An Arizona police officer who rammed his patrol car into an armed suspect during a tense situation in Marana in February told investigators he had no choice, according to police inquiry recordings released by the department.
"He’s refused commands, he’s holding what I believe to be a locked and loaded rifle, based on the transmission that he’s fired a round into the air, there’s occupied businesses, there’s two other officers at the end of the street," Marana Police Officer Michael Rapiejko said of the unorthodox tactic he used on Feb. 19. "This is what I deem at this point to be a lethal force encounter."
"I have two thoughts that go in my mind, I need to shoot him to stop the threat or I need to run him over to stop the threat," Rapiejko says in the recording. The recording was obtained by NBC station KVOA.
Rapiejko slammed his patrol car into Mario Valencia after Valencia allegedly fired a shot from a rifle into the air and was walking towards other officers and a business in Marana, a town of about 38,000 northwest of Tucson, on Feb. 19.
Rapiejko said in the inquiry recording that he was 50 yards away from Valencia, and felt that was too great a distance to safely take a shot.
According to police, earlier that day Valenica, 36, had held up a 7-Eleven in Tucson, started a fire at a church, and stole a car and drove it to a Marana Walmart. Once there he allegedly stole a rifle and a box of ammunition from the store, and removed the lock on the weapon and loaded it. At one point he pointed the rifle at his neck, police said.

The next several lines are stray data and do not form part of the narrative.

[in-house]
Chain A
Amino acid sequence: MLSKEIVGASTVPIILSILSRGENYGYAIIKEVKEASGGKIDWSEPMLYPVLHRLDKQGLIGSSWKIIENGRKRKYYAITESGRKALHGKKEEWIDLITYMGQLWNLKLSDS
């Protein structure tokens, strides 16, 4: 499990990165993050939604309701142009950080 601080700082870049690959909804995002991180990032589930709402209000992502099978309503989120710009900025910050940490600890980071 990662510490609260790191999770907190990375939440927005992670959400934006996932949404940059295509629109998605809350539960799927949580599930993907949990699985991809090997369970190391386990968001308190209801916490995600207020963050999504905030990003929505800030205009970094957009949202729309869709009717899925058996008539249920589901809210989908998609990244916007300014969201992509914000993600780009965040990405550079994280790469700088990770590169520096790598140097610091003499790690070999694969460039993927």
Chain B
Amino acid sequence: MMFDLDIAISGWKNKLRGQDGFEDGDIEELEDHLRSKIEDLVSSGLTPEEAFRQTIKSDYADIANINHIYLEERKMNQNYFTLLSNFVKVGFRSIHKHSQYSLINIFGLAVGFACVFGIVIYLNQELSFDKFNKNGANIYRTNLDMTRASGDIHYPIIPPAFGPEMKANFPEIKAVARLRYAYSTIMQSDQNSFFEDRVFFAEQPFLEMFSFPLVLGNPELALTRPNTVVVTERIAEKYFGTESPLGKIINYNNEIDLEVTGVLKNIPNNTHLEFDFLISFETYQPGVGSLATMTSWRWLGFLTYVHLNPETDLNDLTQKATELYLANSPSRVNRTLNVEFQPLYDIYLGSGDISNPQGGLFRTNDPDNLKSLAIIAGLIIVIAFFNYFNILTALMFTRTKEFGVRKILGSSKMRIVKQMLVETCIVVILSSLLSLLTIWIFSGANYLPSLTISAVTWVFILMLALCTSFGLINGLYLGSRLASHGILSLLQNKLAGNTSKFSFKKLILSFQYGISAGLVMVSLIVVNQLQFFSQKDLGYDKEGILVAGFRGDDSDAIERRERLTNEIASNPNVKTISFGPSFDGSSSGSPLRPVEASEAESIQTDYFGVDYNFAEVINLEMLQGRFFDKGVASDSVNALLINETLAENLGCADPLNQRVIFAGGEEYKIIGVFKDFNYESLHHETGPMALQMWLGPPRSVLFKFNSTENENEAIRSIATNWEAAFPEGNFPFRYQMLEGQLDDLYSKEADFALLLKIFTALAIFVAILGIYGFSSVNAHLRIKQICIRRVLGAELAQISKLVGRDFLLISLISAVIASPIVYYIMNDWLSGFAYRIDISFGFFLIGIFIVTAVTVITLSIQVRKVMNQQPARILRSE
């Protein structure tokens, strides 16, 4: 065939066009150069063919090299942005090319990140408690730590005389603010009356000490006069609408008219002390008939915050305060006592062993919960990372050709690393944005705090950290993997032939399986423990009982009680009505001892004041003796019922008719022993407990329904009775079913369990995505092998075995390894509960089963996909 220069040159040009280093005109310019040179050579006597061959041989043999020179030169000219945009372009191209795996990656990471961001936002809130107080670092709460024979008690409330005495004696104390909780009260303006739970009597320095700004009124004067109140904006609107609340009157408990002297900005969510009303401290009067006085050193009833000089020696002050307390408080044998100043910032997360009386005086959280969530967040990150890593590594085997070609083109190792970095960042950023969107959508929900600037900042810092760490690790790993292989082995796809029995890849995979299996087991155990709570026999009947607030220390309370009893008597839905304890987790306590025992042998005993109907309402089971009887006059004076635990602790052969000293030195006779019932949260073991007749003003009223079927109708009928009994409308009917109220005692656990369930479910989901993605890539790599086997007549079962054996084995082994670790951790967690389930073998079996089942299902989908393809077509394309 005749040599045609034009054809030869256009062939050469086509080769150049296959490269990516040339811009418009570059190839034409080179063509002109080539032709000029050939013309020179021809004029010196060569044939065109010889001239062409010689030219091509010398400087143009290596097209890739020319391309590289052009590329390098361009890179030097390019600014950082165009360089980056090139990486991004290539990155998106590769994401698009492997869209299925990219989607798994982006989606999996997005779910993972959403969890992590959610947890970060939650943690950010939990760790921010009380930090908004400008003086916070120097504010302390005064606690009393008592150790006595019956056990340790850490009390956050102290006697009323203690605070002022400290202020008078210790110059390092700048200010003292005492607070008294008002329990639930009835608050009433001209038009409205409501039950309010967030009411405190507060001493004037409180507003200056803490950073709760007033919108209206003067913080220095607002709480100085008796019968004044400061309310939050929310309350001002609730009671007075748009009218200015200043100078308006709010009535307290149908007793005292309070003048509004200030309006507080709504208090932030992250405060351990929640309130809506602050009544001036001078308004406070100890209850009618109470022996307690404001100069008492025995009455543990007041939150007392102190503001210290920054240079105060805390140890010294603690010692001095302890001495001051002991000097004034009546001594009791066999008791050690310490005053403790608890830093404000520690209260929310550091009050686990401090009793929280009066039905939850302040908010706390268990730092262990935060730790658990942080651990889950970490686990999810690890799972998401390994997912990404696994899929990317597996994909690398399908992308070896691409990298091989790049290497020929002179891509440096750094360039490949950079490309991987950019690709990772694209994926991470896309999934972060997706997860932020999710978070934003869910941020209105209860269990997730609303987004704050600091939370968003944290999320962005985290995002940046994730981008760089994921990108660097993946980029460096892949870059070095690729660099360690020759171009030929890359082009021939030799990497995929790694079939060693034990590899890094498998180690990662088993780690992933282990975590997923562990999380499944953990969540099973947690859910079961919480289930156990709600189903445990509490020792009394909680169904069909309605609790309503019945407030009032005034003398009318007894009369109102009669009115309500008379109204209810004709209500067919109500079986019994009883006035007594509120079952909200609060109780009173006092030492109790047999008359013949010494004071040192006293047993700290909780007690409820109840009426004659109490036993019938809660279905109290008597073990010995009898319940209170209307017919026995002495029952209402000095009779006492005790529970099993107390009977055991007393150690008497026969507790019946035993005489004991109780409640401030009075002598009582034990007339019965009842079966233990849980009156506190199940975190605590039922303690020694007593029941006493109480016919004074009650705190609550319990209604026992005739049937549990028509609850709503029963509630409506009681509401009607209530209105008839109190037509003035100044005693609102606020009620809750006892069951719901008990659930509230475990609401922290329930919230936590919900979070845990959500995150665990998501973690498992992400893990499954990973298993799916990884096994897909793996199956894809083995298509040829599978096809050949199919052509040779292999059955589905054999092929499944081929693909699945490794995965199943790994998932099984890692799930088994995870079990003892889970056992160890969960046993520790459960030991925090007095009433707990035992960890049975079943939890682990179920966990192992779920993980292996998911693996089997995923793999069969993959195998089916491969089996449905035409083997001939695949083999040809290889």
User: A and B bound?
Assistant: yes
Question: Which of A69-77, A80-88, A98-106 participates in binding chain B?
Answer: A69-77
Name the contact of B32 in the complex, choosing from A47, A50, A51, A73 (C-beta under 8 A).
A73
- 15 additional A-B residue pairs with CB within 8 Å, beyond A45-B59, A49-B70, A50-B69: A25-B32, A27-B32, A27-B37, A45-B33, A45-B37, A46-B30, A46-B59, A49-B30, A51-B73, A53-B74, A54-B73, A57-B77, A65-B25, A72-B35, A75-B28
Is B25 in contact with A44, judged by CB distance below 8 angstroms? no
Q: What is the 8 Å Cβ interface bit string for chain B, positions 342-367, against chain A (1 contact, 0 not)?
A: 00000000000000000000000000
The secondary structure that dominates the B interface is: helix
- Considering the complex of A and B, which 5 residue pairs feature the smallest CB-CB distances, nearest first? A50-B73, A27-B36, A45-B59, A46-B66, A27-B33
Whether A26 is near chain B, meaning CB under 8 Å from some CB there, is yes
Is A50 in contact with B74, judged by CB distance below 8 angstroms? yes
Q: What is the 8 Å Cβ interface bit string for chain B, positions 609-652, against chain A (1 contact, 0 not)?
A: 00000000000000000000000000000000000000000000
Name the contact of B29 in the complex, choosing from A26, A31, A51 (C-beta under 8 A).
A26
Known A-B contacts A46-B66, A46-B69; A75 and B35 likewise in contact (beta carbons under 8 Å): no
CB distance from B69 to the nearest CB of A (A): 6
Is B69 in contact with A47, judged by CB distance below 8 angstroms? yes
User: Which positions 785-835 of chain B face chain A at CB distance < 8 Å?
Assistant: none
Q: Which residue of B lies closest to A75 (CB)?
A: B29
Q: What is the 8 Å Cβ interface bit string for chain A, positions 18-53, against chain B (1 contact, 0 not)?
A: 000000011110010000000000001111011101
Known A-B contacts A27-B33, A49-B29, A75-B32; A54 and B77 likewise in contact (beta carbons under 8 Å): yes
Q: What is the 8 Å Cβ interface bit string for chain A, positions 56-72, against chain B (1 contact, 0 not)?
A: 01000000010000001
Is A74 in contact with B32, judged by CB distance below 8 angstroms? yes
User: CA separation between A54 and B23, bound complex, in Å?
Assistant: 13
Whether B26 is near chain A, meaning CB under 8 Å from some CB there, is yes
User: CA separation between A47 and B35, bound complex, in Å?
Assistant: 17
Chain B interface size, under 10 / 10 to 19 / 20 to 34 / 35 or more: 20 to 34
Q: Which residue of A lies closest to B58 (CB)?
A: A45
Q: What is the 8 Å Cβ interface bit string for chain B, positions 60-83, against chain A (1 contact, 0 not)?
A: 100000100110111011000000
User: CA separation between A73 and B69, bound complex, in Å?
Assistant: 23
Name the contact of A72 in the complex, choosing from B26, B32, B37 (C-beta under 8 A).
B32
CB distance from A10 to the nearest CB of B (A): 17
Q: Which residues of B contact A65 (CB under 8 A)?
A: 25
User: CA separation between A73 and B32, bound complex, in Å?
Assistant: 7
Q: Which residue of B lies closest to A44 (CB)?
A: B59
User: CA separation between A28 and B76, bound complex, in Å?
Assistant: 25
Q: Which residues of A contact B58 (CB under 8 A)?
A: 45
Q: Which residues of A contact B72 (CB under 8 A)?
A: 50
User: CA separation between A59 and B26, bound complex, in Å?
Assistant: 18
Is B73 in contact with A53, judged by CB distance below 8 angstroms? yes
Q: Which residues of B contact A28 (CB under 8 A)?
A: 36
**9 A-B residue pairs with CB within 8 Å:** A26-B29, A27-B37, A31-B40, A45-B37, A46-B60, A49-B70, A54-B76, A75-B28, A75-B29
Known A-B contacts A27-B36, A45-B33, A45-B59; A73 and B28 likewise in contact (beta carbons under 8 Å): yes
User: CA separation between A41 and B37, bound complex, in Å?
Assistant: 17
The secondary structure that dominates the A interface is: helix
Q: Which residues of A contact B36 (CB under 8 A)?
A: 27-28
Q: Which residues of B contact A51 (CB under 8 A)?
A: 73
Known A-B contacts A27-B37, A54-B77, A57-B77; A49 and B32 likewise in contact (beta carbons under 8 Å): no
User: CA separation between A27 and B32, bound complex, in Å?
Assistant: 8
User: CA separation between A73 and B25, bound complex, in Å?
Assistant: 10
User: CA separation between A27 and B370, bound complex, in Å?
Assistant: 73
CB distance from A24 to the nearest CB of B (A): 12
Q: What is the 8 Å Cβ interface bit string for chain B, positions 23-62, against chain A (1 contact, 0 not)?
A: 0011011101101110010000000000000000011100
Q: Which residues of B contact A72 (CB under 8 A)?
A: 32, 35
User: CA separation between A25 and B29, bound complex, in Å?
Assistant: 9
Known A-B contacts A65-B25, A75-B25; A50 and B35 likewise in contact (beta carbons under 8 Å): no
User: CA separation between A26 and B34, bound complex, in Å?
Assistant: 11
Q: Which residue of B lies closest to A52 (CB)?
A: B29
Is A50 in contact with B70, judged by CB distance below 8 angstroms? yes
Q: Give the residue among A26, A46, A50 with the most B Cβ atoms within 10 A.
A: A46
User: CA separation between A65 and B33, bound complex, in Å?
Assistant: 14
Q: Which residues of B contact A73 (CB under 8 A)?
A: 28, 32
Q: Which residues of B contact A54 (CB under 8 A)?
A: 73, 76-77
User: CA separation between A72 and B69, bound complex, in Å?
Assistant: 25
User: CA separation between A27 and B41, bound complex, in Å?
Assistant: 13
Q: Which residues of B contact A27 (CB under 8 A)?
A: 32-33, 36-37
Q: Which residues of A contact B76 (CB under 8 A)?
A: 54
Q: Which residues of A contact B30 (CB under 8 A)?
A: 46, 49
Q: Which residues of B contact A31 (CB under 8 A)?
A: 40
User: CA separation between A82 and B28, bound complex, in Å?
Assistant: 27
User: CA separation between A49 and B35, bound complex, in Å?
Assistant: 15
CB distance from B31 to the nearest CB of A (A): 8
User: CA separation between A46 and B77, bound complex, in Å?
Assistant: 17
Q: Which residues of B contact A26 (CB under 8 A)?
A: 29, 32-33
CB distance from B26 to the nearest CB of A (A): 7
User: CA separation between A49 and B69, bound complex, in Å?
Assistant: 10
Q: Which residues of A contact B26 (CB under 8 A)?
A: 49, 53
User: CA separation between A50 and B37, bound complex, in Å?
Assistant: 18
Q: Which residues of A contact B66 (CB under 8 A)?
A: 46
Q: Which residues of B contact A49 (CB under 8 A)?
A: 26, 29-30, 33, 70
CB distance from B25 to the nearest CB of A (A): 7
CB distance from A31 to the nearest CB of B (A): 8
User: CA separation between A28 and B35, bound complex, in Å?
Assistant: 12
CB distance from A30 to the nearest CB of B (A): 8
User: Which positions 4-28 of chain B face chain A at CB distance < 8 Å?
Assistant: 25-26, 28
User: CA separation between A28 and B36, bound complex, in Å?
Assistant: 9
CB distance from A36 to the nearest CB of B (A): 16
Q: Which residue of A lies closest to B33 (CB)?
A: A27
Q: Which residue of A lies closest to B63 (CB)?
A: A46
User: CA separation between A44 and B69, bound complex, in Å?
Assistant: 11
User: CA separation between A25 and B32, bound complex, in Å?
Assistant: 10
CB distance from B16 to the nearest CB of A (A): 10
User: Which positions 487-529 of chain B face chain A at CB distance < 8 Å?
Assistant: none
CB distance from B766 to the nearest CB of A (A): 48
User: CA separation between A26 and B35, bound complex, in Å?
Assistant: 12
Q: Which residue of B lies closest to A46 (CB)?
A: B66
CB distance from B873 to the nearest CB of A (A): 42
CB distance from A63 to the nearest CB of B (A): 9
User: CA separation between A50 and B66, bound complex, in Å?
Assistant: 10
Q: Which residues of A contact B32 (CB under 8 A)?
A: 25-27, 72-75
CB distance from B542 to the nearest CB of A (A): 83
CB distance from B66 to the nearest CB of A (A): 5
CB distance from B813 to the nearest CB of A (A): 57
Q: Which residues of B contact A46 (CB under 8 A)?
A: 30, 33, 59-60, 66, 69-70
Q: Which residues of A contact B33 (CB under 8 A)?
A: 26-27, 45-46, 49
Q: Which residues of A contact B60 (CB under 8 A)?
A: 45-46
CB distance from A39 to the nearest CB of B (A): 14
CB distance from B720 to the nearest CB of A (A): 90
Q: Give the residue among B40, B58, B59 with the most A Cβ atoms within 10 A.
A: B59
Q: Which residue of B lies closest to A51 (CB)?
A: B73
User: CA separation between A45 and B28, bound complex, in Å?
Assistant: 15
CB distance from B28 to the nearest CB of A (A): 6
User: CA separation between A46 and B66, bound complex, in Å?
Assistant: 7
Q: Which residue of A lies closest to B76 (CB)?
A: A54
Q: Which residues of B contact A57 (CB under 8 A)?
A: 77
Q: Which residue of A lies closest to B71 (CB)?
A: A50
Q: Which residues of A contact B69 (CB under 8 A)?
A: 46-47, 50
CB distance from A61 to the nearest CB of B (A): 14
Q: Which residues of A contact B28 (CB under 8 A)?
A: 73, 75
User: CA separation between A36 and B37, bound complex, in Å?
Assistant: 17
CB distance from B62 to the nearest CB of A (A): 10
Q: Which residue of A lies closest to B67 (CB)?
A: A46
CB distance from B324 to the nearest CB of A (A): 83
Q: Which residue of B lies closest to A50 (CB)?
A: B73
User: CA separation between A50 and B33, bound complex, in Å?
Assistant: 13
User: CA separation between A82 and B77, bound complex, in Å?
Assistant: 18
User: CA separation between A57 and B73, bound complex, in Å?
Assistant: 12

Valencia’s attorney, Michelle Cohen Metzger, has called the takedown an excessive use of police force, and said it was clear that Valencia was suicidal.
Valencia was hospitalized for two days after being hit by the patrol car, and his is currently being held at Pima County Jail on charges that include armed robbery, aggravated assault with a deadly weapon, arson, burglary and theft. He was arraigned on March 10 and pleaded not guilty. His next court date is May 18.
Marana’s police chief has praised Rapiejko’s actions and said he may have saved the lives of Valencia and others. The officer was cleared by the prosecutor’s office and returned to work after a three-day leave, police said. An administrative review is underway.
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